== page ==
Sense Photonics Comes out With High-Tech Flash LiDAR
Tesla leads the market for being one of the first automakers to put highly semi-autonomous vehicles into consumers' hands. The automaker's CEO, Elon Musk, doesn't believe in LiDAR, which is the system that the majority of manufacturers use to give vehicles semi-autonomous capabilities.
Tesla's approach to autonomy has been multiple cameras, sensors, and a super-powerful computer. A lot of specialists agree with Tesla. But now, a new startup believes it has developed a LiDAR system that's much better than current ones.
LiDAR For The Future
As Forbes reports, North Carolina-based startup Sense Photonics has developed a system called flash LiDAR architecture. According to Sense Photonics' CEO Scott Burroughs, who spoke with the outlet on the phone, the system is "very simple, has no moving parts, fully solid state." The fact that there are no moving parts isn't the only thing that's different from other LiDAR systems.
"We have a unique laser emitter we turn on that sends a high power flash of light into the field of view and the photons recycle off different objects in the field of view and reflect it back toward our LiDAR system to a lens that collects those photons, and images them onto a multiple plane array that contains simple 3D sensor chip that's what generates the 3D point cloud."
Unlike other LiDAR systems, Sense Photonics' utilizes a 3D camera instead of a 2D one. The company believes that the camera results in better information for an autonomous vehicle.
"Because we can design it so it looks at the same field of view as our LiDAR system looks at you could put them both in the same box and overlay the two in software and end up with depth information associated with every pixel in that RGB camera so it's a much richer data set – color high resolution and great depth, compact at lower cost," stated Burroughs.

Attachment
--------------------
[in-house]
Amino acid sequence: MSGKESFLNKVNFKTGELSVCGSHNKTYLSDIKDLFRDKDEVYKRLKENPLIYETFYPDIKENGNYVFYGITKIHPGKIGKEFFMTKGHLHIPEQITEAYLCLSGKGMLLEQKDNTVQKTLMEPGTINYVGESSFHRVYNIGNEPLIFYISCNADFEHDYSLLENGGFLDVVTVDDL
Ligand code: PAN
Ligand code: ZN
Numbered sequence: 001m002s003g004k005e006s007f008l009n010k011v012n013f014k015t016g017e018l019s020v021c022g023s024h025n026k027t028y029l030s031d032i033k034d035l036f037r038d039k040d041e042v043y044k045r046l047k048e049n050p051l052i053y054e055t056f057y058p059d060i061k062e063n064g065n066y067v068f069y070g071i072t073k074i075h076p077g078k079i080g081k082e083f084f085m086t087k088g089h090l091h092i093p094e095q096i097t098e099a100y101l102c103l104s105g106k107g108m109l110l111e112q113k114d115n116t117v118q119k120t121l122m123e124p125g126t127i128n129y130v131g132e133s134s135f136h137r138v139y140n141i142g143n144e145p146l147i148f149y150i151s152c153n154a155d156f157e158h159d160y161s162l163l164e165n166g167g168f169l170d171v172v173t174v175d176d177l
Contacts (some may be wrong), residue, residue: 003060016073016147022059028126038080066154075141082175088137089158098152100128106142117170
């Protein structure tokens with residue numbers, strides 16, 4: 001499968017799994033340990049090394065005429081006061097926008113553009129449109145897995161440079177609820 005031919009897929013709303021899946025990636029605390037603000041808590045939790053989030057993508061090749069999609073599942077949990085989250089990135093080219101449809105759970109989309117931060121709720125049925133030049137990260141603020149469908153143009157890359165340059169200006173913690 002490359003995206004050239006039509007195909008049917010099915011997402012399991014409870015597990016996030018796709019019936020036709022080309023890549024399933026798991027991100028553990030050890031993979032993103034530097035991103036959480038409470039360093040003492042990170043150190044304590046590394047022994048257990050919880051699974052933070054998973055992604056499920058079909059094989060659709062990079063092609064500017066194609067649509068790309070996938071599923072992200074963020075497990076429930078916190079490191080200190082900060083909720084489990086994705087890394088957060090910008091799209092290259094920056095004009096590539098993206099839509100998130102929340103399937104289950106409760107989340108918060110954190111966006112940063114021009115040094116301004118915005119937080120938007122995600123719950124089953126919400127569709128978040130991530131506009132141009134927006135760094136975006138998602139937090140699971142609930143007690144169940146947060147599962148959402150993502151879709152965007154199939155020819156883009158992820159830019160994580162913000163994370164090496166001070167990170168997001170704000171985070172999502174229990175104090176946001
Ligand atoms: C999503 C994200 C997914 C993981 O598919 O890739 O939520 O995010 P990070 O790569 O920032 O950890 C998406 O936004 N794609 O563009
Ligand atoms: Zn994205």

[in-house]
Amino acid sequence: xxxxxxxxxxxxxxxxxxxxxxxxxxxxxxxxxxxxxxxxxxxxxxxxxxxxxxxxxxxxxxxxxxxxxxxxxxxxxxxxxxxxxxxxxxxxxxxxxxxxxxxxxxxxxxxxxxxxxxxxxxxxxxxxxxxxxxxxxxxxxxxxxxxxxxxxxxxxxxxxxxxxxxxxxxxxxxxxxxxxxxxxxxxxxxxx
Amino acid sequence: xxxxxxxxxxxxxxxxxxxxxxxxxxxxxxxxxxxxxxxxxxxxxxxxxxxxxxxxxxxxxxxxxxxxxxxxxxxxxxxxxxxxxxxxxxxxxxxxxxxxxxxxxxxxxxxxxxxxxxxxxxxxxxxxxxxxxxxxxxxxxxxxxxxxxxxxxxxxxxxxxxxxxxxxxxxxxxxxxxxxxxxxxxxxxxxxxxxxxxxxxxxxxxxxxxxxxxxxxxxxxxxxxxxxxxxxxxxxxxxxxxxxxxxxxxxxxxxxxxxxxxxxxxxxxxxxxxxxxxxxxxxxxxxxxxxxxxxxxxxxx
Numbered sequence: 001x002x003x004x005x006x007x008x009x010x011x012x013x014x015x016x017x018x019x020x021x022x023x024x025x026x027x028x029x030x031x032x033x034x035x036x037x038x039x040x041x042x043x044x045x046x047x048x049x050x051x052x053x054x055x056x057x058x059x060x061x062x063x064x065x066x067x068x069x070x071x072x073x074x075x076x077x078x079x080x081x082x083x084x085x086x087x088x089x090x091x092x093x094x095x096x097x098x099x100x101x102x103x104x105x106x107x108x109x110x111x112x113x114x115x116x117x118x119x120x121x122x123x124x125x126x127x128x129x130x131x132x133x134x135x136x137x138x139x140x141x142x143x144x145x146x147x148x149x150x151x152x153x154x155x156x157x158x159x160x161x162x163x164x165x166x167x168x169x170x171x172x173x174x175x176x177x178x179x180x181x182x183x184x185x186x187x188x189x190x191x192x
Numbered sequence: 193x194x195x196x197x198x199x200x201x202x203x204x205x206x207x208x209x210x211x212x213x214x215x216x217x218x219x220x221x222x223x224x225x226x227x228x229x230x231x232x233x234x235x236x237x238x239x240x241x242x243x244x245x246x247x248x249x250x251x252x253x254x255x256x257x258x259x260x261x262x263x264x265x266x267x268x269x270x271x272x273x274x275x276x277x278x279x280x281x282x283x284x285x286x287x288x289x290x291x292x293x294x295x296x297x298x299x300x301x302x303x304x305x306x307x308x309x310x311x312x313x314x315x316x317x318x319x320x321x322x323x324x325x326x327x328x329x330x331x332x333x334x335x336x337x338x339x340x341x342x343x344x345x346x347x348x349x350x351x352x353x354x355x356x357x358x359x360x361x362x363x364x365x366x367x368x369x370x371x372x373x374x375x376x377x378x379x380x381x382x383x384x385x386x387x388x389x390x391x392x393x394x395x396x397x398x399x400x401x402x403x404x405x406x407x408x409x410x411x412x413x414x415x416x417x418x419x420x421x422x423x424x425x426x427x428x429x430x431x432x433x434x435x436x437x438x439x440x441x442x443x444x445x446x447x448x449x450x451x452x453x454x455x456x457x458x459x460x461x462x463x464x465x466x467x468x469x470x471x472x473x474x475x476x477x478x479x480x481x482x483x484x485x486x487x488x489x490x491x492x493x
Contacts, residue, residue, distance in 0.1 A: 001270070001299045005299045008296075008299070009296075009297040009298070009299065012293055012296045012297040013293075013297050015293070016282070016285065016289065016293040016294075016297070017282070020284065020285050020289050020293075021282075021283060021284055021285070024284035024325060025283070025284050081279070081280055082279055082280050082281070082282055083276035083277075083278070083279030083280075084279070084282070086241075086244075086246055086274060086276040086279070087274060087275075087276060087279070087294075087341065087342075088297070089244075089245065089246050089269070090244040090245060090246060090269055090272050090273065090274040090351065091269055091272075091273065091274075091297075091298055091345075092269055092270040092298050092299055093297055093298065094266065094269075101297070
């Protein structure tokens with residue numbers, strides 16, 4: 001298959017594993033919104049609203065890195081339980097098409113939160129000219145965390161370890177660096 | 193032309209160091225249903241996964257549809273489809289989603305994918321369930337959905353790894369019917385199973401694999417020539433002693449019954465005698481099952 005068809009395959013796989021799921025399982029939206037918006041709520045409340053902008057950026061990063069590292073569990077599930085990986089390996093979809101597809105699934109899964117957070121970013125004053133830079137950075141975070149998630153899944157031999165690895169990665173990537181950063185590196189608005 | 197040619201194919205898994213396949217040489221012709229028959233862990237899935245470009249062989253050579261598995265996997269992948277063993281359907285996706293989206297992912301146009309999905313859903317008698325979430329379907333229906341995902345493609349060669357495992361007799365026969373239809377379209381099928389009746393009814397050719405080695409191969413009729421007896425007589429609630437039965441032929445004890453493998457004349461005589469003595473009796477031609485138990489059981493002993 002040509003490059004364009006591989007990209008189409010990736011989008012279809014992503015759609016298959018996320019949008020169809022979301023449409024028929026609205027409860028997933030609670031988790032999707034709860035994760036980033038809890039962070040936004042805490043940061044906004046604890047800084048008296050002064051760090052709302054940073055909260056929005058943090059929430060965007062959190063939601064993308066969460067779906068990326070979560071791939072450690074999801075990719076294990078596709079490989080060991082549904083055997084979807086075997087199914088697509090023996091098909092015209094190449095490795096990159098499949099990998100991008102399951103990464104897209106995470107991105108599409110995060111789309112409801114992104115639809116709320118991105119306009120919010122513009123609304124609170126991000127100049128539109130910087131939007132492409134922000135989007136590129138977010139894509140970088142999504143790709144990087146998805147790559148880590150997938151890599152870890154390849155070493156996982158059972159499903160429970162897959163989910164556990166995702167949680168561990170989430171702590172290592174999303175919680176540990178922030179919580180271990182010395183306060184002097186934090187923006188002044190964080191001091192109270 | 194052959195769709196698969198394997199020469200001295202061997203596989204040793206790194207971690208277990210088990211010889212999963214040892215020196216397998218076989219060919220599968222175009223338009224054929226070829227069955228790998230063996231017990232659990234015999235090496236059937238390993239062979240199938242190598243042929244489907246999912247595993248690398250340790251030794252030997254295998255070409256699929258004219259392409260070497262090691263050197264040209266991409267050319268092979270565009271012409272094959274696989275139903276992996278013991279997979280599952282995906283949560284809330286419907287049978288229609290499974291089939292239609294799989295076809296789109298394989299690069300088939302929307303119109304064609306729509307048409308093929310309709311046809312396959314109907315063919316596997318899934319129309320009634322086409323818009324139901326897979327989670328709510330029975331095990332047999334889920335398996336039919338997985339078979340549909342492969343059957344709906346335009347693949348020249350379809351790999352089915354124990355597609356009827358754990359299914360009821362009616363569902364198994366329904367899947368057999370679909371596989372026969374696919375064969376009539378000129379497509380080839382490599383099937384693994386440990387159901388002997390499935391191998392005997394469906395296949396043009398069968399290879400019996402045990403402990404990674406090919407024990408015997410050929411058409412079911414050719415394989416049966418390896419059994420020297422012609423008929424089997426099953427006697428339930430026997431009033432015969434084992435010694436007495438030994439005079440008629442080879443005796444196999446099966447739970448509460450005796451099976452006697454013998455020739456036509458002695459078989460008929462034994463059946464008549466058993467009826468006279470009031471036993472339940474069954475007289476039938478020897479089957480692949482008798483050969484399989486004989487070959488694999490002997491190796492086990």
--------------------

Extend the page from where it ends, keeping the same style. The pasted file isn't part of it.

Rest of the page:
What Else Is Different?
Other things that differentiate the startup's flash LiDAR from others is the use of 11,000 laser emitters instead of one giant one. That component itself is much cheaper than a traditional LiDAR system , as Burroughs claims that it's one-one hundredth of the cost.
The system's ability to "see" areas surrounding the vehicle, which current LiDAR systems cannot, is another one of its improvements. This "big black region of about five meters" will drastically help autonomous vehicles navigate through urban areas.
"A robo taxi for an example might pull up to the curb to pick somebody up so he's got be able to look straight down on the side of the automobile in order to see that curb and to also be able to look straight out horizontally to be able to see other people and objects," said Burroughs.
The last thing that flash LiDAR fixes is the massive, blocky components that stand out on the exterior of a vehicle with a regular LiDAR system. Flash LiDAR has two small units that can be incorporated into an automobile more discreetly.
Whether Musk is right in stating that all LiDAR systems are unnecessary in spite of the development of flash LiDAR still remains to be seen. But for automakers and tech companies, Sense Photonics' flash LiDAR is an interesting proposition over current LiDAR systems if not anything else.